“For two months I was working every day, including weekends, and I don’t really want to be in that situation again. It kind of got crazy, but it was amazing. I had a lot of energy, and I was able to go on to a different project in one day, and I would still have a lot of energy and it was great. Pressure wise, it wasn’t too much fun. I stopped running for two months and gained 16 pounds. I wasn’t eating a lot, but I was just grabbing food on the run and sitting a lot, and I got into real bad physical shape. As soon as I finished all that stuff, I went on a 10 day fast and lost all the weight, and began running again and got back down to 160. So I’m running every day, I play golf, I play basketball and baseball, and in any given week, I may do two or three different activities. So right now I’m just doing dates and nothing else. This week I’m only doing four sessions, which is real nice and very comfortable, so I have time for other things.

I’m glad I didn’t play in one band initially. I probably would have been bored. I enjoy so many different kinds of music. It was more fun to do all kinds of different things. Now, I’ll produce a record, I’ll play on a record, I’ll write a song, I’ll go hear some music, I’ll go play some music, I’ll go run in a track meet or play some golf. Two weeks ago I went hunting. I’ll go skiing, I’ll travel a little, I’ll go to New York and do some record dates and be there for a week or two. Then I’ll go coach baseball and basketball with my kids, or go watch my daughter ride in a horse show. There are so many different things to do.”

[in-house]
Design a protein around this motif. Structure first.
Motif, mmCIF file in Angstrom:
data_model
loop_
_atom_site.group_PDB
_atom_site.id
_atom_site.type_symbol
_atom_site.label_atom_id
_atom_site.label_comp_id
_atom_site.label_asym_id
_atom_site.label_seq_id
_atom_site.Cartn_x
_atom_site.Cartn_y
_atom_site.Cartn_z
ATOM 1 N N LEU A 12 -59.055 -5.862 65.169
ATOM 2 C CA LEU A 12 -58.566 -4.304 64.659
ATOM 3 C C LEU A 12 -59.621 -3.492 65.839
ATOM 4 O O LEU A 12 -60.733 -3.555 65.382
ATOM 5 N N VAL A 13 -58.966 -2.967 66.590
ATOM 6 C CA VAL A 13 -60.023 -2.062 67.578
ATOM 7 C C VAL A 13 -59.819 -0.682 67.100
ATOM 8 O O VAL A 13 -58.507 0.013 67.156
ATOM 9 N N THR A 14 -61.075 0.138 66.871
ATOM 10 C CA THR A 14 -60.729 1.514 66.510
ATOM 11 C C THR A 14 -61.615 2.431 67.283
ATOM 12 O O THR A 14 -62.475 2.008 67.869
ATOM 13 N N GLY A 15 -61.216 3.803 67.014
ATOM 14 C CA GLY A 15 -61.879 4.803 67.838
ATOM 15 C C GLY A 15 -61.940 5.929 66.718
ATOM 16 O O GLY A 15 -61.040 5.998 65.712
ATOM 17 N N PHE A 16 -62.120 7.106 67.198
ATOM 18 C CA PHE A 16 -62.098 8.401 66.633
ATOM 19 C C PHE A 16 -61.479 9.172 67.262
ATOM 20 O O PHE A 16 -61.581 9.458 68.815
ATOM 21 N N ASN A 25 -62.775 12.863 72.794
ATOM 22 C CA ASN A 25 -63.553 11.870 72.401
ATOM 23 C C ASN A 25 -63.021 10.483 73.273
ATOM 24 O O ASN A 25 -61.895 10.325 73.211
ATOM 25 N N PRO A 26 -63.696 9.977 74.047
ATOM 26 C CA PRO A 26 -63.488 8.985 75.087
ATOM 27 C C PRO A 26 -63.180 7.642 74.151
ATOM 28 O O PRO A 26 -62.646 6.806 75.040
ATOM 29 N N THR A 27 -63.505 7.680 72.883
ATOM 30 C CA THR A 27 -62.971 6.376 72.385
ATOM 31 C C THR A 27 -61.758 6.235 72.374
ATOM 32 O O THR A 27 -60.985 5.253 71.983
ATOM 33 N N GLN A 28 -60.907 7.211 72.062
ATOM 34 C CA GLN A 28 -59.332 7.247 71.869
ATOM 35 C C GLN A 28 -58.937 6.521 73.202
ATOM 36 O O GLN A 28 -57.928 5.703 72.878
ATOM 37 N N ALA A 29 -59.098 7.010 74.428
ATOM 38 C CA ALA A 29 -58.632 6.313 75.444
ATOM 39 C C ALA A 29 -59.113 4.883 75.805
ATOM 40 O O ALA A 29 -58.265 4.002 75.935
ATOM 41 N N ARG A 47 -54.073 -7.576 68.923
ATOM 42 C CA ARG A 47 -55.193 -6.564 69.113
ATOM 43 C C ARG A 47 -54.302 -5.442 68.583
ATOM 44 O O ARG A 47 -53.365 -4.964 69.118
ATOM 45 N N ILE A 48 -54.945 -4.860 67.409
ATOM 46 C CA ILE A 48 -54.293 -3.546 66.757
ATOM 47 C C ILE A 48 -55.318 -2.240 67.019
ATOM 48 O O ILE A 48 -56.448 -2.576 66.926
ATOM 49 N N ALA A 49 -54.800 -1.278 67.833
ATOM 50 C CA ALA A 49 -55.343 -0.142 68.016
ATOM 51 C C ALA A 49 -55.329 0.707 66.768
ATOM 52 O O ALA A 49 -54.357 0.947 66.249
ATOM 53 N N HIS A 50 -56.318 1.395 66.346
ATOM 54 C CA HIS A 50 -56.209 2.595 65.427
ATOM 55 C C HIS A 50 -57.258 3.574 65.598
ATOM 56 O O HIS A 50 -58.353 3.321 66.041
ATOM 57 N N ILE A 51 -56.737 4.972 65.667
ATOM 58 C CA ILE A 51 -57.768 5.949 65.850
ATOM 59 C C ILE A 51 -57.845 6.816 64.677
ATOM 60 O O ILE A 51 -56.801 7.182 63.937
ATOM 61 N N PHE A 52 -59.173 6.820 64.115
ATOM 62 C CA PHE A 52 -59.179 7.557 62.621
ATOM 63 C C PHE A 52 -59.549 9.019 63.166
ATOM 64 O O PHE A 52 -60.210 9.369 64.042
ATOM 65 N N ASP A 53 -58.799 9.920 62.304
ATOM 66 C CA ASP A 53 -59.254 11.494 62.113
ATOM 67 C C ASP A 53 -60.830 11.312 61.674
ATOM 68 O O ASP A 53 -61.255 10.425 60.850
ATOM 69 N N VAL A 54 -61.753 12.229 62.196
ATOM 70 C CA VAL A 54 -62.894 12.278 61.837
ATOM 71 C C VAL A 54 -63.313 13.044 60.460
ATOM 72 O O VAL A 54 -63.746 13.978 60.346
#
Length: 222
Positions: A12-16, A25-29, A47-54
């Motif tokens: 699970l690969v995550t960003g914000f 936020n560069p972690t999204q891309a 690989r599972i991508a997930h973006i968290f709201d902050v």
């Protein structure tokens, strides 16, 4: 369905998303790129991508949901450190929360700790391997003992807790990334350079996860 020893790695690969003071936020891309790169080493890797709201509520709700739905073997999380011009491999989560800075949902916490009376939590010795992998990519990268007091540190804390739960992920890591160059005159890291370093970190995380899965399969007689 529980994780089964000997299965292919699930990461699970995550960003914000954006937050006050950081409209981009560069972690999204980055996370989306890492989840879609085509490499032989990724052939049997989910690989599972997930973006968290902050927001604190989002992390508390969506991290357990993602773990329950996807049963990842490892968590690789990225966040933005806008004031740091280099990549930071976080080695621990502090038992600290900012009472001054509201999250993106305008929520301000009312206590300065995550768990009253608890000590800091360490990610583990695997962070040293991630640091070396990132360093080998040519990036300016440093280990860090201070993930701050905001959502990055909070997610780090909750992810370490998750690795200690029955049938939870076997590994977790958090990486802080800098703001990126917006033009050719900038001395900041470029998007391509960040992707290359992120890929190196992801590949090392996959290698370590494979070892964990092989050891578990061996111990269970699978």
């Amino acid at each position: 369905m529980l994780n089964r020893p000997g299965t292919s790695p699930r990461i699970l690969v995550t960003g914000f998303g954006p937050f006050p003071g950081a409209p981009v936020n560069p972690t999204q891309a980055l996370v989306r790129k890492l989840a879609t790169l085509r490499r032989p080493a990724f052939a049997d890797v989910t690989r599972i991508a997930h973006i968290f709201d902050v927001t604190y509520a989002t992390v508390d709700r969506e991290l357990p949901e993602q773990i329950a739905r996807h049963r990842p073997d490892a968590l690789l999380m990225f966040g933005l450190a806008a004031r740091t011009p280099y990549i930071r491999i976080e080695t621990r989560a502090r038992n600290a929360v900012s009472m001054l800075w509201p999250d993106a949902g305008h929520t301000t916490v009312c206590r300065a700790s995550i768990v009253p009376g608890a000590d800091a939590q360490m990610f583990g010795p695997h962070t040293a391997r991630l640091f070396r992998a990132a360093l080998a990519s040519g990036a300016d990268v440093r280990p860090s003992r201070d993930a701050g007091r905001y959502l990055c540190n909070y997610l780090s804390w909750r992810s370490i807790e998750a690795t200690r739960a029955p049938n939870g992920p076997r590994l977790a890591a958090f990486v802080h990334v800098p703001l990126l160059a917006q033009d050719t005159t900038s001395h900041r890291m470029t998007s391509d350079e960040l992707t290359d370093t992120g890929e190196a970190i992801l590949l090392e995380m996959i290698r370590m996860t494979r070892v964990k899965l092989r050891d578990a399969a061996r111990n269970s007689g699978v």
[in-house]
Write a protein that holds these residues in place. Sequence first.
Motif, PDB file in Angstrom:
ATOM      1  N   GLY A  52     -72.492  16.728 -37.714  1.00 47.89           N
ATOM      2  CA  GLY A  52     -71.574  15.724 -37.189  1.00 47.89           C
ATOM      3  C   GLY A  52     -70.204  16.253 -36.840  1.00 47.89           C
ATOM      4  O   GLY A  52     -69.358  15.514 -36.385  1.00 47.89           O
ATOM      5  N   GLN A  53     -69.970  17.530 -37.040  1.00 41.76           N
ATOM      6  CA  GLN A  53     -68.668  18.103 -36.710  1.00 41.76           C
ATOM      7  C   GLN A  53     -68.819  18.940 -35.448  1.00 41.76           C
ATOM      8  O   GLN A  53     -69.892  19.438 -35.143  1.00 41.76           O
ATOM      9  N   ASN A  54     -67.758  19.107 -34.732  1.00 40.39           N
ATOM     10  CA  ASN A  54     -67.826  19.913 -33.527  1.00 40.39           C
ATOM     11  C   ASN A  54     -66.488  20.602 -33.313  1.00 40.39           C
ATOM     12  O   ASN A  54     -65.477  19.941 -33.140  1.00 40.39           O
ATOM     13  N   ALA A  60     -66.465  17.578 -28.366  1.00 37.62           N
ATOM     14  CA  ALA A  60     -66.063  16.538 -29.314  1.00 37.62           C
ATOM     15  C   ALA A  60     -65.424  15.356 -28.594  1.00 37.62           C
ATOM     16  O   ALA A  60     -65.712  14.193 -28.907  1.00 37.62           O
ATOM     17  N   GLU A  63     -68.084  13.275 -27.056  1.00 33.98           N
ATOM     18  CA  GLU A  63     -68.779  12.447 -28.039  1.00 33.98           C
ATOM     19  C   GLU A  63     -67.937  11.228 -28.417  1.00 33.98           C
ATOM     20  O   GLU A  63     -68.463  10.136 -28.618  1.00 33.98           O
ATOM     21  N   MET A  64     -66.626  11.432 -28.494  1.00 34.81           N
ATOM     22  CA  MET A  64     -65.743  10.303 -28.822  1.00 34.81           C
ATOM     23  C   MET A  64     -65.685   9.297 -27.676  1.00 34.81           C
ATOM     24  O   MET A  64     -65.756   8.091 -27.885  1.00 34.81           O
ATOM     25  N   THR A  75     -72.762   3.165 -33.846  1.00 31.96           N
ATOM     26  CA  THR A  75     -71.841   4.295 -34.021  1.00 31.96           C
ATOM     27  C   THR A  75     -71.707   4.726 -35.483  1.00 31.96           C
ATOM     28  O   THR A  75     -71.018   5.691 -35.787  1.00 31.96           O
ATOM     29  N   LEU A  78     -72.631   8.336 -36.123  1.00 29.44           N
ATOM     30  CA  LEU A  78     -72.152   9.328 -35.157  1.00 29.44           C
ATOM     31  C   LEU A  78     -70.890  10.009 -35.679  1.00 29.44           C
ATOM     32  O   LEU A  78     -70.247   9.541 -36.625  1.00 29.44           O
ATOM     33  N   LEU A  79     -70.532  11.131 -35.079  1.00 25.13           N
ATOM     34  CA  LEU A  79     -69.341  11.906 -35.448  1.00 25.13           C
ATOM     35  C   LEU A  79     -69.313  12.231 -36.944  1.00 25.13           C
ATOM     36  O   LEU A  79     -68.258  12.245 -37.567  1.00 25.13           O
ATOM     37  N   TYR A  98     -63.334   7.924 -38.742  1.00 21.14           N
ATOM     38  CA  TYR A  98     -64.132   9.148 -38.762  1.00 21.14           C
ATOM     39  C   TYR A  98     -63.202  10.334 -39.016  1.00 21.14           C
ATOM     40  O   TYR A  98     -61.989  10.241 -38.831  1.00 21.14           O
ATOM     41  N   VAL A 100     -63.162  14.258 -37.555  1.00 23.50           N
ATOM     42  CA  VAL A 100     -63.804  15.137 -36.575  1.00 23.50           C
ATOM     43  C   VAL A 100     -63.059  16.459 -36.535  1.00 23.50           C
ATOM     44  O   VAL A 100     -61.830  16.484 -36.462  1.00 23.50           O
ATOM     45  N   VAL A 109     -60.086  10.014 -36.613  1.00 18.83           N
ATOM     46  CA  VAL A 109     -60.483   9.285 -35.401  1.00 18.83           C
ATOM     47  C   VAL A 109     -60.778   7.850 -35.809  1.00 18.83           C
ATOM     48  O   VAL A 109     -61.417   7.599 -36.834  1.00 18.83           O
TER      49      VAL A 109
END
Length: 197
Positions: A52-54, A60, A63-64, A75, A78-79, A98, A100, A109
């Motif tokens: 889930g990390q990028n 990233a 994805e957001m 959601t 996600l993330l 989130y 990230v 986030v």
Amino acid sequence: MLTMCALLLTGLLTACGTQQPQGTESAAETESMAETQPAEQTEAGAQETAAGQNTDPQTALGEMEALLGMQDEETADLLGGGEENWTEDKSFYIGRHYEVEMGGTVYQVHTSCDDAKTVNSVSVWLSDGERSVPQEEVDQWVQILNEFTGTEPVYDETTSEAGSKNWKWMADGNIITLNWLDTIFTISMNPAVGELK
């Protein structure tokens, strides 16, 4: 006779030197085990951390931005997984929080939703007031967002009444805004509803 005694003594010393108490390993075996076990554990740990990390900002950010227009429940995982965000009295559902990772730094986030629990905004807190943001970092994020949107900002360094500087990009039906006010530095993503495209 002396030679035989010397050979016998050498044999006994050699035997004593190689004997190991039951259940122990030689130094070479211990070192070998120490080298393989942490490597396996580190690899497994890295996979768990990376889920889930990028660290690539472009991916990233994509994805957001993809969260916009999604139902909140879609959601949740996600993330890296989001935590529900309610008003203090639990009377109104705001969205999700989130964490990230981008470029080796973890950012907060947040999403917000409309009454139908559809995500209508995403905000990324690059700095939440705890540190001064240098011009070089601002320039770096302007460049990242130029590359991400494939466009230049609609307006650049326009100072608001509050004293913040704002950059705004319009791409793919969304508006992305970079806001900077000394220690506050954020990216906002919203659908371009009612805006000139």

His son, Harvey, Jr., seems to be following in his father’s footsteps, a prospect about which Harvey, Sr. does not seem to be worried.

“As far as the possibility of my son going into the business, I just hope he prepares himself as well as he can if he wants to do what I’m doing. Right now, at 12, he’s a good drummer. He can work in a lot of bands because he understands the function of a drummer from the standpoint of playing in a band, playing good time, good grooves, good fills and not getting in the way. But as far as studio work, and the aspect of getting to the technical level where things might come up and not surprise him, he needs to work on things and expand his musical vocabulary. As far as being in bands, though, he’s ready to do that right now. He also plays piano, he sings, and he’s really ready for that already. If he wants to get into it on that other level, we’ve talked a lot and he knows what needs to be done.